“Netfang”, which is another word for Email, is “net – net/network/internet” and “fang”, also used in “heimilisfang – address”, “póstfang – postal address”, and “veffang – web address“. “Fang” on its own means “outstretched arms/provisions” so it doesn’t make sense if you look things up separately here either. Also, none of these compound words have the first word in genitive – this will be explained in a later post, as there are multiple ways to make a compound word.

Here’s part of a long “word” I took from here, “útidyralyklakippuhringur”. All words changed to nominative case:
úti – outside
dyr – door
útidyr – front door
lykill – key
dyralykill – door-key (the key to the door)
kippa – bundle/sheaf
lyklakippa – keyring/bunch of keys (“lykill” changes from kil to -kla at the end because of a certain “assimilation” grammar rule)
hringur – ring/circle (seems to be redundant in the word keyring as to my eyes it looks like “keyring-ring” or maybe it’s supposed to be “ring of keyrings”, but some people use it to mean just keyring)

You could of course also write the equivalent of something like “the ring of keys to the front door” instead of “the front-door keyring”. In some cases that seems to be preferred. While I’ve seen a lot of two or three-word compounds I haven’t seen many of them four and up, even though it’s perfectly possible to just keep putting words together. If you can read the Icelandic, more detailed rules and examples are here for deciding on if you should write it as a compound word or not, and there are plenty of Icelandic grammar books that at least broach the subject although I don’t know about what’s available online. I might also write a post on this in the future.

I mentioned a difference in stress placement in compound words in a previous post. If a compound word is only made up of two words, then the spoken stress is on the first syllable of the first word but is usually unheard (or only very lightly heard) on the second. If it’s made of three words, then a clear stress is heard on both the first syllable of the first word (“barnabókabúð”) and the first syllable of the third word (“barnabókabúð“). I have no Icelandic friends who can record audio, so I can’t have them say examples for you, but maybe you’ll notice this yourself when listening to spoken Icelandic. If you don’t get what I mean by stress, think of how “convict (prisoner)” and “convict (declare someone guilty of a crime)” have two totally different meanings based on where the spoken “stress” is placed.

In her Icelandic courses my wife was told that if you have no idea what case a word should be in, never guess genitive. This is in part because genitive on its own can change the meaning of words to be possessive, but the other part is that people expect you to be better at knowing which case to put a word in if you know cases at all. If someone is using only nominative case then you can easily get used to it, (“I go work yesterday”) but if someone is using the completely wrong case at random times it might be a bit harder (“mine go work yesterday’s”).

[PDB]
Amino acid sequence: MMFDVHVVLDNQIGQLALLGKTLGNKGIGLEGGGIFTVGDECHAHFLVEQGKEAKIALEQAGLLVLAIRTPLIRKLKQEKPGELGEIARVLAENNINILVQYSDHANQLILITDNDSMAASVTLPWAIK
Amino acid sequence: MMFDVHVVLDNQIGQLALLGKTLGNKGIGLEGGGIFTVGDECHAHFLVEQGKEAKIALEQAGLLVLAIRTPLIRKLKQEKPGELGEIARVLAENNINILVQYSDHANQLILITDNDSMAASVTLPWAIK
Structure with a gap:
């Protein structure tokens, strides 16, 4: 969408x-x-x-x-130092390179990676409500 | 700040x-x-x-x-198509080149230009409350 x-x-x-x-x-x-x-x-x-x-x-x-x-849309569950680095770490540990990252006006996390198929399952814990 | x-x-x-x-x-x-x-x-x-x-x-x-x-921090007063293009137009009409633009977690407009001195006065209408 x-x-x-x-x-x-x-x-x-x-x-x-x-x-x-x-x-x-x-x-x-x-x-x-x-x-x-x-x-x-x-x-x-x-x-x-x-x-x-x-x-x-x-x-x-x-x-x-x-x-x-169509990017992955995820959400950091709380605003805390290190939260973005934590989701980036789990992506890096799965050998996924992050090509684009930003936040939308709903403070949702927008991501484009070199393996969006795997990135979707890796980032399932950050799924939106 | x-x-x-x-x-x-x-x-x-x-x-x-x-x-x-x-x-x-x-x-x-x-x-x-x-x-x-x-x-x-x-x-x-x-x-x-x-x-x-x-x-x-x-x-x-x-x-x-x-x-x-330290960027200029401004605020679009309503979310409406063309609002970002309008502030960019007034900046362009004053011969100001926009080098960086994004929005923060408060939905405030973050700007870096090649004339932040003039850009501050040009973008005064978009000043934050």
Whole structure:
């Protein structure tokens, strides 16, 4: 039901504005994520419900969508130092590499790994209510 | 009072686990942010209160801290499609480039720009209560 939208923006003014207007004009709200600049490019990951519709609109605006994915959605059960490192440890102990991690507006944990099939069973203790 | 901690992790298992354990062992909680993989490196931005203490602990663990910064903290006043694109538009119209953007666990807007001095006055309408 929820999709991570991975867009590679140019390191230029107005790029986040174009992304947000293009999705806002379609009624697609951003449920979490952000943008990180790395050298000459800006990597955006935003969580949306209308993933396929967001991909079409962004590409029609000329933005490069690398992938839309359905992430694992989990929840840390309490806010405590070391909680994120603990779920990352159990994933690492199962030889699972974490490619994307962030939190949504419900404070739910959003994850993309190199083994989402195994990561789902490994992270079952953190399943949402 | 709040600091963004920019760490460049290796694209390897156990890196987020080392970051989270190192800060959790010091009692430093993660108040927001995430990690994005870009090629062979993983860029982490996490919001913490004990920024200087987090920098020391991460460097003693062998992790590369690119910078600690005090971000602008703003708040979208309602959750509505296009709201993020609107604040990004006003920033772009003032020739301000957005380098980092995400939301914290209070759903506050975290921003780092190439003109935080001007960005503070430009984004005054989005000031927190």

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About the Author: sequoia

I try to write about two-thirds of the blog topics on cultural aspects and one-third on the language, because there's much more out there already on the language compared to daily life information. I try to stay away from touristy things because there's more of that out there than anything else on Iceland, and I feel like talking about that stuff gives you the wrong impression of Iceland.


  1. Eric Swanson:

    Thanks for this article about the genative case. Besides being informative about Icelandic it is also informative about Swedish because we still have some vestages of the more complicated Icelandic genative case. We usually just add s but sometimes we change a vowel ending in a compound word. For example, a street vendor selling hot dogs would call his mobile kitchen a “gatukØk”.

    • sequoia:

      @Eric Swanson Sorry, the site’s stopped giving me Email alerts for comments so I didn’t know your comment existed until I checked manually just now.

      Yes, I’m starting to learn Swedish myself (and my wife is Swedish) and I think it’s kind of funny which things were kept and which changed, especially because I’m using an Icelandic textbook to learn it so they have all kinds of funny notes about things. Although I think it’s still far better than using an English textbook to learn. If it were my choice, I’d be a lover of Swedish and not Icelandic because the grammar is a lot easier, and you can even get videogames in Swedish!

      I also really like Faroese and one of the four cases is dying out (or is dead?) in that, although I don’t know much about it because I’d rather become really good in Icelandic and Swedish before I start to work on Faroese. If I start to research too much then I lose focus and stop studying Icelandic and only focus on Faroese, for example…

      I’ll tell you something funny that you might not know – in our Icelandic classes and a few Icelandic textbooks (in Icelandic) as well, when they mean that a word is just a stem with no ending they add -ø. So it looks like “hest-ur” (nominative) but “hest-ø” (accusative) or “barn-ø”. Well, maybe it’s not funny to everyone, but you can’t even type ø on an Icelandic keyboard (at least, not on mine!) so why not think up an easier symbol to write?

  2. Ragnheiður:

    One point about viskustykki/viskastykki, its first part is really danish viske.

  3. Dom:

    Really interesting read, thanks for all the examples which were very useful

    Although for viskustykki, I think you have the wrong analysis. There is a (rare?) verb “viska” meaning “to wipe” – I think this would make more sense than wisdom in the context of teatowels!